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Pebbles & Barrows: The Archaeology of the Penzance Heliport Site

An archaeological excavation of the Penzance Heliport has been completed, revealing new details about the site and the changing character of the local coastline.

We recently shared the exciting news that preparatory groundwork has commenced on the Penzance Heliport site, but before that work could get underway a full archaeological study took place.

The two-week archaeological survey uncovered a Bronze Age barrow. Within the monument, several artefacts were unearthed, including worked flint, a prehistoric stone muller (used for grinding), and a copper alloy object.

The archaeological excavation was one of the planning conditions for Penzance Heliport, which will reinstate helicopter flights between Penzance and the Isles of Scilly.

The excavation was completed by the Cornwall Archaeological Unit, part of Cornwall Council. The Unit undertakes a range of archaeological work including excavations, analysis, surveys and assessments and is staffed by qualified archaeologists with a range of interests and experience both in and beyond Cornwall.

Anna Lawson-Jones, a Senior Archaeologist for Cornwall Archaeological Unit who directed the excavation, said: “Archaeological survey has proved particularly useful for this project. It has confirmed the presence of a Bronze Age barrow in an unusually low-lying setting.

“The excavation of the barrow has established its character and complexity, producing artefacts and soil samples suitable for radiocarbon dating and environmental analysis. This will help place the barrow and later pits within their contemporary setting.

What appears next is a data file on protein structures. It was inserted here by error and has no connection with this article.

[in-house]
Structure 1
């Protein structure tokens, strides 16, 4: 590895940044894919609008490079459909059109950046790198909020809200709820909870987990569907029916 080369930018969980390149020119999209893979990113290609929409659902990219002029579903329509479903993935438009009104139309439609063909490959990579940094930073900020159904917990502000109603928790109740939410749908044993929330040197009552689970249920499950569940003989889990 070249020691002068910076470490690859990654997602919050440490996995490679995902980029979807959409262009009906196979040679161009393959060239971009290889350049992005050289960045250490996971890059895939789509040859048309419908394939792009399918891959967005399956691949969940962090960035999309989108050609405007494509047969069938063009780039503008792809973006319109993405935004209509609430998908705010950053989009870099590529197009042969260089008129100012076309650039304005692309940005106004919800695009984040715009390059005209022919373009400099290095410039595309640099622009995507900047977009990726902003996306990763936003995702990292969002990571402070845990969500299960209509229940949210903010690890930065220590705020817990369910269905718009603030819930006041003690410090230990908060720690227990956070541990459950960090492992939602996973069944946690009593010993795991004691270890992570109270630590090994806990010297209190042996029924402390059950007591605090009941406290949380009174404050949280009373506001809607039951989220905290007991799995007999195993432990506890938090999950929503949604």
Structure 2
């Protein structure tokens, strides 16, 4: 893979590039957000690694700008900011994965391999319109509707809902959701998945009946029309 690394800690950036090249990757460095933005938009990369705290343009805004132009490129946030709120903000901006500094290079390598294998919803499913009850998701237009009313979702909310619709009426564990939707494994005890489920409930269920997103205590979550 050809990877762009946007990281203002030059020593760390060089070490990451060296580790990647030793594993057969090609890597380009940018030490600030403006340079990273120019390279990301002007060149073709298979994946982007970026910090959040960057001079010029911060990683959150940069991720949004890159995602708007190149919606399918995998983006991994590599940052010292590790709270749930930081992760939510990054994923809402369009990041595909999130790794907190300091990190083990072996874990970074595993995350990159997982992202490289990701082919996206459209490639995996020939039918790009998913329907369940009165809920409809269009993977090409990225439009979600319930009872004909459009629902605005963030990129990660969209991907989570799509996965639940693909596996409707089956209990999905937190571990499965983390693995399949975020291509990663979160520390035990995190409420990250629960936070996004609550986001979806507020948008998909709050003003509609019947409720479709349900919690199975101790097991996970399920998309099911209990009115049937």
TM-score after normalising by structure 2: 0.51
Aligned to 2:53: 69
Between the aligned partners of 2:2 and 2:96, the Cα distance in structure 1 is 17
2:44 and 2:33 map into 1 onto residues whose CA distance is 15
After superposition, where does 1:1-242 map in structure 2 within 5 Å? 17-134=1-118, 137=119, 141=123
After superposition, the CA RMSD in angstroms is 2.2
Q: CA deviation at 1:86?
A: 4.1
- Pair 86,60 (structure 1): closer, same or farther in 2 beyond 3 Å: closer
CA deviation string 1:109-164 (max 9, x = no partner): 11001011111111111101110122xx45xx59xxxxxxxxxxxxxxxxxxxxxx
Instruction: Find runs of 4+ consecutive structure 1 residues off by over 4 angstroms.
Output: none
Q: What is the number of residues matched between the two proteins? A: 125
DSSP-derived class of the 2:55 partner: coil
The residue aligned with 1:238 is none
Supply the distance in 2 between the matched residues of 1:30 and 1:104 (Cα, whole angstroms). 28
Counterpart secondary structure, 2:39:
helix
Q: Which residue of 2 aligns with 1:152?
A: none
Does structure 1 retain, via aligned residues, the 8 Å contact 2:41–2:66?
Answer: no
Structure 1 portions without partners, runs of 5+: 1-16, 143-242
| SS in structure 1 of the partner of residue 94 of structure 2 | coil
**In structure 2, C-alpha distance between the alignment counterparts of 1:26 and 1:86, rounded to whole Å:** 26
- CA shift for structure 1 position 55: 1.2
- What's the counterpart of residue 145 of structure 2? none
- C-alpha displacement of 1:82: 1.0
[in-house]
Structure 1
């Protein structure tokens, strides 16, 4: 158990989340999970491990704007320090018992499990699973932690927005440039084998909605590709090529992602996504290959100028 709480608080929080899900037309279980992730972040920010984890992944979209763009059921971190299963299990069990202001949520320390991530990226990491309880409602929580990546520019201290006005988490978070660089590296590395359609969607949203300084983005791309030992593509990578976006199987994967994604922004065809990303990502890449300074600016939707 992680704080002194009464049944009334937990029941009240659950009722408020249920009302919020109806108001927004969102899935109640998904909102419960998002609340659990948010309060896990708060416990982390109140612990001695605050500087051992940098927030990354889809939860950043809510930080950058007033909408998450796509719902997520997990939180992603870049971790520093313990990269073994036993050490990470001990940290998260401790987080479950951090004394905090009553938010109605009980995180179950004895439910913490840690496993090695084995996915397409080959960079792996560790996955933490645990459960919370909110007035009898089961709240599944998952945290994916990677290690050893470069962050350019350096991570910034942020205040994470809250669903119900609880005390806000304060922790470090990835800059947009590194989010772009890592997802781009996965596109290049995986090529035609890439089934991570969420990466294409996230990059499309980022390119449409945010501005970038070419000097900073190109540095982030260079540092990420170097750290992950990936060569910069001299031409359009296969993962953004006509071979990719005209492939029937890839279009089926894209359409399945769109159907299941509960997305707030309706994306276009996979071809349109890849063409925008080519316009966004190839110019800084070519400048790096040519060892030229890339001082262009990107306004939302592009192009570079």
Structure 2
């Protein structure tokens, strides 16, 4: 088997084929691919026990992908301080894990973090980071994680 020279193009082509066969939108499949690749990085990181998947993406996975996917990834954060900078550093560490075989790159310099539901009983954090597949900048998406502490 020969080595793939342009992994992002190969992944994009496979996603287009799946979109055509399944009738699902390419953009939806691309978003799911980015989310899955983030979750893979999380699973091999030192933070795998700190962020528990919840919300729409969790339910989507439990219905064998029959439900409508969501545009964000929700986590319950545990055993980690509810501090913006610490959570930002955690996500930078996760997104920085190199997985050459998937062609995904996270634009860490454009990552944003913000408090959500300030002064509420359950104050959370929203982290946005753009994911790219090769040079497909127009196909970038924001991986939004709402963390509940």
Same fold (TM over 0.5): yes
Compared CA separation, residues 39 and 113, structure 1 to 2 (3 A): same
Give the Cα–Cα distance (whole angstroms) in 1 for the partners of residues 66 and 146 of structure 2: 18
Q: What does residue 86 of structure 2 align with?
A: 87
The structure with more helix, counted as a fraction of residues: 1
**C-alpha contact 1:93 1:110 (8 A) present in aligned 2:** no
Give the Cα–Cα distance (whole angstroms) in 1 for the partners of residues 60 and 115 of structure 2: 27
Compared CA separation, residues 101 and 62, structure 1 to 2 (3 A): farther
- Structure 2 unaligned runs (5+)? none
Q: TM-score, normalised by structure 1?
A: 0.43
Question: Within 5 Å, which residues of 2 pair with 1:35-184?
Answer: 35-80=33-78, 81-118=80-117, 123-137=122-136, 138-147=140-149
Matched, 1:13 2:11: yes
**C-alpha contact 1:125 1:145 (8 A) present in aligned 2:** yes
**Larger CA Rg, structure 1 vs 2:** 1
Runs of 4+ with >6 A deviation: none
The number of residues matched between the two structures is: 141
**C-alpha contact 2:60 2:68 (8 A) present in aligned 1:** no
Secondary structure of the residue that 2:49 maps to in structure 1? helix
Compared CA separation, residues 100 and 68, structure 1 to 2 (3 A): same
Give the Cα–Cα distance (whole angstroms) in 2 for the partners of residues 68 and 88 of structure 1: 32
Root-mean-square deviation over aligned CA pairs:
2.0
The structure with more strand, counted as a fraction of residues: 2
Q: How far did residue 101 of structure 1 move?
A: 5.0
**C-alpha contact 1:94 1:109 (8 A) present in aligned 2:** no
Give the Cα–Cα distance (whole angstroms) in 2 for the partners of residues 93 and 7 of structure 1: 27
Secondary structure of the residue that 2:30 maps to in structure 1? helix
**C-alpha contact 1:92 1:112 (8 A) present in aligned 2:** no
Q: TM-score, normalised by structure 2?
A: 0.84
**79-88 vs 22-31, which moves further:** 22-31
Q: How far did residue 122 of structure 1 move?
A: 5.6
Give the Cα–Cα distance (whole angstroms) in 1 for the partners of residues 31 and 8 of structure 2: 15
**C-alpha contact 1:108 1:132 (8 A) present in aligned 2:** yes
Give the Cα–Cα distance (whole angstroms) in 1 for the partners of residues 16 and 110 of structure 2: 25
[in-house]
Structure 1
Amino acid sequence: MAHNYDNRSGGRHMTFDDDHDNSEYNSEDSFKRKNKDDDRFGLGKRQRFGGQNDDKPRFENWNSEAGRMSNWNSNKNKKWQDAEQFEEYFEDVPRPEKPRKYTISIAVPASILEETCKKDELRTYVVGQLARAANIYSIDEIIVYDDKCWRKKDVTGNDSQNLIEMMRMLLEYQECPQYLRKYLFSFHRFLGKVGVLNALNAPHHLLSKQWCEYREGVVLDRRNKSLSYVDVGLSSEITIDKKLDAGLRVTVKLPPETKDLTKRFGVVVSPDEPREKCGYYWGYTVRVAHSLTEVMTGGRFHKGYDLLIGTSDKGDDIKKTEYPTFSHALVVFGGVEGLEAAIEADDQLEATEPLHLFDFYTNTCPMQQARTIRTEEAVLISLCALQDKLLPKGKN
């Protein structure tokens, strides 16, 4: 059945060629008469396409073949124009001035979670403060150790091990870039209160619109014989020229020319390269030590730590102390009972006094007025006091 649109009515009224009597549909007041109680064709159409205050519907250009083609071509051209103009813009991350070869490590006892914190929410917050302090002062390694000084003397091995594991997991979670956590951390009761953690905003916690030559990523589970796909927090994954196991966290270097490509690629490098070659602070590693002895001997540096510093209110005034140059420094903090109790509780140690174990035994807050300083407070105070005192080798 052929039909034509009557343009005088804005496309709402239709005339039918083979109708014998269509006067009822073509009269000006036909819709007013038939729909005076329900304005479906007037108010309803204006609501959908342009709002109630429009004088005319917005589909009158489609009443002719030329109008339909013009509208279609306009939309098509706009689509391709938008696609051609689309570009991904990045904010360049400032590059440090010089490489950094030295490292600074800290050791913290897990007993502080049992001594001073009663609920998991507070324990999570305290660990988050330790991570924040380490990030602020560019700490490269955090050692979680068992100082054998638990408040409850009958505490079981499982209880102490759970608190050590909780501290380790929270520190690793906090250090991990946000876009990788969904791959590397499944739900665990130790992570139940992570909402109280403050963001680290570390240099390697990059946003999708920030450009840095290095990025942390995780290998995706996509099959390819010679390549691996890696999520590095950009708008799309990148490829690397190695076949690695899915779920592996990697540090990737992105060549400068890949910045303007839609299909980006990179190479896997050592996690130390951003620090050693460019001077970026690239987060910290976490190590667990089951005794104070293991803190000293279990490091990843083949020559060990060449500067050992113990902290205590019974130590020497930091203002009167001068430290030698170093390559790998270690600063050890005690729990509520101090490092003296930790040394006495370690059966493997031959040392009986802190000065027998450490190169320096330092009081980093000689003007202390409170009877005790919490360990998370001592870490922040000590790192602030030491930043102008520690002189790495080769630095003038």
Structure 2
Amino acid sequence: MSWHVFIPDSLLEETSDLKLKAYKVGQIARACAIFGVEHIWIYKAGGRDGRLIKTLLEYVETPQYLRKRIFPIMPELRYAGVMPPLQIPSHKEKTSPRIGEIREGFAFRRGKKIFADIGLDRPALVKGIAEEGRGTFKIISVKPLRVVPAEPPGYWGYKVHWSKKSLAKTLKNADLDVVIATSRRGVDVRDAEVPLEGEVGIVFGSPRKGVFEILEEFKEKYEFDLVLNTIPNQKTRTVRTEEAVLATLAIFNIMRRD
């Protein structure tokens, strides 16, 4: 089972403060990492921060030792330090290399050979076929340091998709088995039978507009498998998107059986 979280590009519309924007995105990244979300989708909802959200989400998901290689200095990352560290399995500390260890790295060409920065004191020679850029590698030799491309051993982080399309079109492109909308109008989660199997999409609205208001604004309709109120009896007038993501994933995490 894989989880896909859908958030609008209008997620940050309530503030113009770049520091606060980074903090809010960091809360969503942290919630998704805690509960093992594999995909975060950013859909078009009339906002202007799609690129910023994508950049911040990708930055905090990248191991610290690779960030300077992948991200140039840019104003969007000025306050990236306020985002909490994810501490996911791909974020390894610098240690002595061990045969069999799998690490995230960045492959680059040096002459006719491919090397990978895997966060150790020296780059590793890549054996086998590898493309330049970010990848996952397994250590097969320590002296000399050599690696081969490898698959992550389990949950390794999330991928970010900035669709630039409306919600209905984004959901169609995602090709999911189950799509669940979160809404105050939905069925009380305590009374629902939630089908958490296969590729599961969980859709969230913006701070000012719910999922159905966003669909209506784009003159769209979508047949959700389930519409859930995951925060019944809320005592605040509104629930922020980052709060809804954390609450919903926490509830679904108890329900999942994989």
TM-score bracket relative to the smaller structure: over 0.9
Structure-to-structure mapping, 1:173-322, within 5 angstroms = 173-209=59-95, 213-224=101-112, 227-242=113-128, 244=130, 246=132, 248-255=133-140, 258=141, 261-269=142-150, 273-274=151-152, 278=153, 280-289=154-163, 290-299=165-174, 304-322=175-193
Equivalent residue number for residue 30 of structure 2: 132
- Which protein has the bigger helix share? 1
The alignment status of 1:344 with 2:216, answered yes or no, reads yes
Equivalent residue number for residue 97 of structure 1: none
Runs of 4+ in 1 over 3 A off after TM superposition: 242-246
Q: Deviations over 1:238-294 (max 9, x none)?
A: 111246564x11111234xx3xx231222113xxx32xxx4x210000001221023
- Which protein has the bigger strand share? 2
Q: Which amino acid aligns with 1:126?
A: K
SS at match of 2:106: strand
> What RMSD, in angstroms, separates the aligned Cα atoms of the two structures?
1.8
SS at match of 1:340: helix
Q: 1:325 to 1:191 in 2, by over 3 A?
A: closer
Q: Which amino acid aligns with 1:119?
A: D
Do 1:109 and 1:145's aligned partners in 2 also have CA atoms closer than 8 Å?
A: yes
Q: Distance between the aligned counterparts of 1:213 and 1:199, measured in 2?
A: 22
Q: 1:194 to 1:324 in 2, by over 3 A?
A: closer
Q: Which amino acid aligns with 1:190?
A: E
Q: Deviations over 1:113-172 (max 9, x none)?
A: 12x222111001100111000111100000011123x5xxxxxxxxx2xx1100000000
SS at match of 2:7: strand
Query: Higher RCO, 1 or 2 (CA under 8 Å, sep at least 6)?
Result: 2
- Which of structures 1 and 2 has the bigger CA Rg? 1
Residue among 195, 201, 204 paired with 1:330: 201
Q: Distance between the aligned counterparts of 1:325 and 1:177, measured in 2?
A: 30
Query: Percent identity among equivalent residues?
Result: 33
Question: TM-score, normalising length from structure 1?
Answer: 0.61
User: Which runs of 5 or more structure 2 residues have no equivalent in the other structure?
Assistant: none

“The artefacts, along with ongoing core sampling, will help to provide information on the wider landscape setting, including the changing character of the coastline over time.”

Barrows are monuments made up of mounds of earth and sometimes stone. The barrow found on the Penzance Heliport site was found to consist of a low mound of clay and stone surrounded by a ditch.

The mound covered a central double stone cist which could have held a burial dating to the Bronze Age (around 2000 – 1500 BC), although no remains survive due to the acidic ground conditions.

Barrows often contain archaeological artefacts. The Penzance Heliport barrow contained a blood red pebble and a copper alloy object, found in the central cists and a worked flint from the ditch.

A prehistoric stone muller was also unearthed, although this had been disturbed from its original position and was included within a later pit. Victorian and later kitchen waste had been used as landfill in the immediate vicinity of the barrow.

The barrow has now been fully excavated. The soil samples taken will be analysed to provide contemporary environmental detail and radiocarbon dates.

A just completed programme of auger survey and core-sampling from the immediate vicinity will provide further information about the wider site and it’s past.

Diana Mompoloki, from Penzance Heliport Ltd, said: “It is incredible to think that, had it not been for the heliport, these important archaeological remains could have gone undiscovered.

“We are delighted that the excavation will help scientists understand more about the local landscape and coastline, and we hope to provide a display within the heliport terminal to explain these important discoveries.”

Helicopter flights to the Isles of Scilly are due to commence from Penzance Heliport in spring 2020, with tickets on sale later in 2019. To receive offers and updates, subscribe to our email news using the form below.